After 9/11, the threats to America are right where they were 20 years ago: still in Afghanistan, and now backed by the strength of a state. What happened to America, that “shining city on a hill” that beckoned brightness to its shores and won allies? Some self-delusion, a belief that it was still the global monarch after World War II and the inability to distinguish between friends and foes.
India hosted the 13th BRICS summit on September 9, celebrating 15 years of the multilateral. The leaders committed to fighting terrorism and reforming multilateral organisations, among other diverse aspects. However, the grouping clearly needs better implementation strategies if the agreements reached, are to be truly successful.
The withdrawal of U.S. and NATO troops from Afghanistan is not the first time that a hasty and messy departure of foreign forced has taken place. History is replete with examples of imperial powers suddenly leaving countries that they secured for years, without ensuring a peaceful transition of power. The sub-continent has now seen it twice, the last time was in 1947, when the British preponed their withdrawal from India, hastily partitioning the country and leaving a region at war with itself. Ambassador Neelam Deo, co-founder, Gateway House, explains why and how this happens.
President Trump enjoyed every moment of the hype that attended his February 2020 visit to India, says Ambassador Neelam Deo, Director and Co-founder of Gateway House, in this podcast, even as the focus was on concrete outcomes, such as defence purchases and oil procurement deals. She discusses the geopolitical implications of a closer India-U.S. strategic relationship and the weaknesses of the U.S.-Taliban peace deal
The people of Afghanistan, torn by war, ethnic strife and geoeconomic contestation for their country’s rich natural resources, have paid by forsaking the assurances of daily life. But President Ashraf Ghani has shown them that normalcy can return and it is possible to hold regular elections. The author, a guest of the President and First Lady, travelled through the country in October 2018 to record her impressions of a resilient people who have reason to hope for a different future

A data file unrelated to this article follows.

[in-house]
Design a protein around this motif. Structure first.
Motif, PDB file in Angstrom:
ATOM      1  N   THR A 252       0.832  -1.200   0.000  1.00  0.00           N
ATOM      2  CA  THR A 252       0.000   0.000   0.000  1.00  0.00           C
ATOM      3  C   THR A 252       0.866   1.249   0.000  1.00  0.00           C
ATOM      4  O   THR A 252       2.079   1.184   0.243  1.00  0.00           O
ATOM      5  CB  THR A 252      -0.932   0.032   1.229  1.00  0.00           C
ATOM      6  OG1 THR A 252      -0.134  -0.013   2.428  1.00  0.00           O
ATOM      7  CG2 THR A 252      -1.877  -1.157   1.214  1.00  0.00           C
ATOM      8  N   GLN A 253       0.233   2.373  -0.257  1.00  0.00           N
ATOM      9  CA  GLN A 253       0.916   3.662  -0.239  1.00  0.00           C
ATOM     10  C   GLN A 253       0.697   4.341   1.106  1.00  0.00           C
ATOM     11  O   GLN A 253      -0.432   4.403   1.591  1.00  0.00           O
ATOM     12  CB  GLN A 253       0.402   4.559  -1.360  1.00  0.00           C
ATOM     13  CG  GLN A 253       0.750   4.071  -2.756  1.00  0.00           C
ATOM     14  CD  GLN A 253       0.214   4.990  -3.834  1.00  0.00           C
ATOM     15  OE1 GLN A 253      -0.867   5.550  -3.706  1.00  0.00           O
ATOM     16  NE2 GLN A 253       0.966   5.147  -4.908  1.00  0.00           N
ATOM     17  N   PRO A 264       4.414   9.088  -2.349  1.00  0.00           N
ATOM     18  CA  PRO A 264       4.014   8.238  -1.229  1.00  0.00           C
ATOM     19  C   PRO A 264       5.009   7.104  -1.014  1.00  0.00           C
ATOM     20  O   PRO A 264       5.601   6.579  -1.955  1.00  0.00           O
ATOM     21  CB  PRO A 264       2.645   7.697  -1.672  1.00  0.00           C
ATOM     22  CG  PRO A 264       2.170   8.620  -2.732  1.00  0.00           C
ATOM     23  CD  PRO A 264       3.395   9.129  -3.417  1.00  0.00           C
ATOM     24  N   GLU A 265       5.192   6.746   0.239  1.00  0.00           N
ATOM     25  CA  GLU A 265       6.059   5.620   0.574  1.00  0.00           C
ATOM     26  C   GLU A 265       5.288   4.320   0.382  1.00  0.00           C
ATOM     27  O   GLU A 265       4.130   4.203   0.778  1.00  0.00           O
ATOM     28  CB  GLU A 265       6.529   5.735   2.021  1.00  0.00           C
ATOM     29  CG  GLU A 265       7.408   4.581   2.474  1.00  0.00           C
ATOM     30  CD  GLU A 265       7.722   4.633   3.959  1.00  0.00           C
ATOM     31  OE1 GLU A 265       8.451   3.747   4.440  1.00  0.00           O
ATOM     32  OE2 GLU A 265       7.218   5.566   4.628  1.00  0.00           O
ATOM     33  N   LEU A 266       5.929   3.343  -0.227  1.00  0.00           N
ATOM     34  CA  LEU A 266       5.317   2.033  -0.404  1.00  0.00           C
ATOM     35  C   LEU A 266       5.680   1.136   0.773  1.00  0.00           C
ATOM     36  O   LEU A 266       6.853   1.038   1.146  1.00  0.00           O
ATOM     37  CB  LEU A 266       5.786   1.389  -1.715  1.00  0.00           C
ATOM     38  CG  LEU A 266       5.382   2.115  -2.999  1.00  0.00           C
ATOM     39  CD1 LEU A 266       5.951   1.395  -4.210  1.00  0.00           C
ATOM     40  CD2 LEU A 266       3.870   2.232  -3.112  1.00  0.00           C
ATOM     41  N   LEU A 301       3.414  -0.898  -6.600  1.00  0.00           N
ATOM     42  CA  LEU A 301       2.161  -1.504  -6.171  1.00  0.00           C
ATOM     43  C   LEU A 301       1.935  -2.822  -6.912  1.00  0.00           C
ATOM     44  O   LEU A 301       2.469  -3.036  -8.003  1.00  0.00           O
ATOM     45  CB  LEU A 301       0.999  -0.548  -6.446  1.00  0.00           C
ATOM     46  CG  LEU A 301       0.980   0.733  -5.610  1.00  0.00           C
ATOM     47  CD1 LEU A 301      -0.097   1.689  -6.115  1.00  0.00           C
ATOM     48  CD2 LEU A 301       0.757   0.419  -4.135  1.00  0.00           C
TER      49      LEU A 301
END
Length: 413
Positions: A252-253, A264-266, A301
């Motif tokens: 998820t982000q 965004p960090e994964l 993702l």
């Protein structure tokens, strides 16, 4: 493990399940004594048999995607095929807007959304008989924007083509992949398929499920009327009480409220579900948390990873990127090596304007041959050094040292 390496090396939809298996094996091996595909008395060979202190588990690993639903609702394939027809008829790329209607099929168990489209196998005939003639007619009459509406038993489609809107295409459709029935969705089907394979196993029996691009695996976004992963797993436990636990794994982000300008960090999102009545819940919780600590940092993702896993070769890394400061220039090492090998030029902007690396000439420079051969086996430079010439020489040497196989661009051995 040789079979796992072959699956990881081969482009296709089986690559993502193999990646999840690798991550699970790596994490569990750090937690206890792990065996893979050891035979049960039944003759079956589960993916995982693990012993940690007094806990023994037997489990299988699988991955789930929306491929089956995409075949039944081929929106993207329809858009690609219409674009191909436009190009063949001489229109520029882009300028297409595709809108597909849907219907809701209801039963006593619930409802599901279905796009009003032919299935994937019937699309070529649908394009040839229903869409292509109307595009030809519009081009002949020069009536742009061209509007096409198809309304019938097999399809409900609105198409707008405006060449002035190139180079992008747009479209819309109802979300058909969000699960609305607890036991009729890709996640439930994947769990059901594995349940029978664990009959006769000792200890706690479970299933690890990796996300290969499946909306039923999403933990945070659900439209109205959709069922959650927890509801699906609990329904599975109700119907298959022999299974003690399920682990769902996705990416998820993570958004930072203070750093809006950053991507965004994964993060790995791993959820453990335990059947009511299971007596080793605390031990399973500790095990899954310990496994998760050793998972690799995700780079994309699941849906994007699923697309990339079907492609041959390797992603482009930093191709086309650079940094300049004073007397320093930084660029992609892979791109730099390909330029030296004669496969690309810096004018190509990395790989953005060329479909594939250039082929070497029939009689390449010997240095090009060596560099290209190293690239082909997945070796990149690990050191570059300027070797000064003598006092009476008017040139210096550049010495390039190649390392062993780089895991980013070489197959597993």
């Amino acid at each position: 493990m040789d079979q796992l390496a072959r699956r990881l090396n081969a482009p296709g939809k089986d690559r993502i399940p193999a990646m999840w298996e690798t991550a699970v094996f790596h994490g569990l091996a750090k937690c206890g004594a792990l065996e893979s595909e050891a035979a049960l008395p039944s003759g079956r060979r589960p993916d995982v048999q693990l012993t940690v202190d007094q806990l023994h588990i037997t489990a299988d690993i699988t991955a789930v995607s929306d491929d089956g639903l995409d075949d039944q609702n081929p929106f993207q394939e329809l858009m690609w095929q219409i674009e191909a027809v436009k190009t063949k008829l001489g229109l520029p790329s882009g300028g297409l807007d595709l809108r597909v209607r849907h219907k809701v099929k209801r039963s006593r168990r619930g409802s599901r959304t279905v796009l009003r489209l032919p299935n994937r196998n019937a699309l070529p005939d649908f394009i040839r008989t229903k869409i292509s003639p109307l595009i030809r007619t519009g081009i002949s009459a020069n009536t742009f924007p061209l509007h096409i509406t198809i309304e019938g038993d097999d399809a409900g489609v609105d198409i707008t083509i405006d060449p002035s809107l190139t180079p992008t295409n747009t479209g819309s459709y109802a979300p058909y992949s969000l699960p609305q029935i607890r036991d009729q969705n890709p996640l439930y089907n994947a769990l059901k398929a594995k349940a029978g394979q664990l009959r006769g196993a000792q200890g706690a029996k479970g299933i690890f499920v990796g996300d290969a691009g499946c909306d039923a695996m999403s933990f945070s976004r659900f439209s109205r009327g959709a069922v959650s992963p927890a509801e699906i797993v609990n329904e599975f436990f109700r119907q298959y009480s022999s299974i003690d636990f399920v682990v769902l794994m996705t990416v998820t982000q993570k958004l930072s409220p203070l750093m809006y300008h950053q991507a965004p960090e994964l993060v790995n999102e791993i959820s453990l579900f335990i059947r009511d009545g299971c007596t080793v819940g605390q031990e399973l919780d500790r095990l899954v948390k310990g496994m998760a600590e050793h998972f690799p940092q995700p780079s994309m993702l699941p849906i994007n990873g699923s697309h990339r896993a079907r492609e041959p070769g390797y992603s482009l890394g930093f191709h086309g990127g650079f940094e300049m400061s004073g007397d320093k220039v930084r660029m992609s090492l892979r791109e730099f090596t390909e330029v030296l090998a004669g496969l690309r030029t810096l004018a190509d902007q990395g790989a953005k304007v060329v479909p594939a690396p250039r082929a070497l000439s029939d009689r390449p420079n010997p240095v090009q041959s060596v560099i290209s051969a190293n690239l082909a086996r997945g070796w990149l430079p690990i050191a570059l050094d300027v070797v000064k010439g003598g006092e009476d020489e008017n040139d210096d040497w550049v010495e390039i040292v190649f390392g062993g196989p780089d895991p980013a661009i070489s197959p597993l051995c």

Canadian Minister for National Defence, Hon'ble Harjit S Sajjan, discusses contemporary security issues, international peacekeeping, bilateral defence ties, and geopolitical arenas, relevant to India, Canada, and the world. More specifically, he converses about prospects of peace in Afghanistan, the geopolitics of and Canadian sovereignty over the Arctic, UN peacekeeping programs initiated by Canada, focus areas for India and Canada defence relations, and the Quad initiative.
The Russians have concluded that the Afghan Taliban offer a better shield against the Islamic State than the old Northern Alliance. A negotiated settlement in Afghanistan could be achieved if Washington and New Delhi join Moscow, Beijing, Islamabad and Tehran in a joint effort.
A more robust foreign policy initiative is required for India to be seen as a serious player in the future of Afghanistan. Building dams and roads has ensured its presence as a partner in rebuilding the country, but its conservative handling of Afghan issues must be challenged, perhaps by following the Iran route, to push forward its geostrategic interests.
If India enters the Afghanistan-Pakistan Trade and Transit Agreement, as external affairs minister Sushma Swaraj said at conference in Islamabad in December, it will boost regional trade and connectivity—both priorities of the Modi government. But Pakistan stridently opposes India’s entry into the agreement. What are the alternatives?
Barely three weeks after Pakistan’s Prime Minister Nawaz Sharif’s official visit, the other Sharif -- General Raheel Sharif -- sets foot on U.S. soil, albeit without an official invitation. Will Gen. Sharif get what he wants from the U.S. to further his game plan?